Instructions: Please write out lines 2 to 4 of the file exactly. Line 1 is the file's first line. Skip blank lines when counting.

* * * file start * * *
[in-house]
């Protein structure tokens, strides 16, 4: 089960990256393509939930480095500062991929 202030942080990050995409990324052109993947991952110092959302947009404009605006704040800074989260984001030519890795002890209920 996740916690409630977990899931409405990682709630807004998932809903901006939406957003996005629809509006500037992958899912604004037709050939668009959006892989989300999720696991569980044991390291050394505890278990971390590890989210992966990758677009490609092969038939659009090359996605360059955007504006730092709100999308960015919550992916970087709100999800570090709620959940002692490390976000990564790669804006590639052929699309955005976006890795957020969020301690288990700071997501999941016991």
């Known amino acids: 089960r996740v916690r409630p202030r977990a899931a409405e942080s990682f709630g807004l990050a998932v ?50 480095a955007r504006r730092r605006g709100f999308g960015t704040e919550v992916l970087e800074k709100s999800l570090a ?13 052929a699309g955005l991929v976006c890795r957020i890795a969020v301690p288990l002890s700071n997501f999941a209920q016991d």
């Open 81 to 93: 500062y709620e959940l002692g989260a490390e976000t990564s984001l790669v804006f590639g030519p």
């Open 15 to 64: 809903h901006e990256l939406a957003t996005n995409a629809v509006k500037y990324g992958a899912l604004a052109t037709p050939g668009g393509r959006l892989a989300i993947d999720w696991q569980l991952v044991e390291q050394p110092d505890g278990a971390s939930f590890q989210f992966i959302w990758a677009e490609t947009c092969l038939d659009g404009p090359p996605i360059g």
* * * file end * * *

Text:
């Protein structure tokens, strides 16, 4: 089960990256393509939930480095500062991929 202030942080990050995409990324052109993947991952110092959302947009404009605006704040800074989260984001030519890795002890209920 996740916690409630977990899931409405990682709630807004998932809903901006939406957003996005629809509006500037992958899912604004037709050939668009959006892989989300999720696991569980044991390291050394505890278990971390590890989210992966990758677009490609092969038939659009090359996605360059955007504006730092709100999308960015919550992916970087709100999800570090709620959940002692490390976000990564790669804006590639052929699309955005976006890795957020969020301690288990700071997501999941016991």
């Known amino acids: 089960r996740v916690r409630p202030r977990a899931a409405e942080s990682f709630g807004l990050a998932v ?50 480095a955007r504006r730092r605006g709100f999308g960015t704040e919550v992916l970087e800074k709100s999800l570090a ?13 052929a699309g955005l991929v976006c890795r957020i890795a969020v301690p288990l002890s700071n997501f999941a209920q016991d």
């Open 81 to 93: 500062y709620e959940l002692g989260a490390e976000t990564s984001l790669v804006f590639g030519p």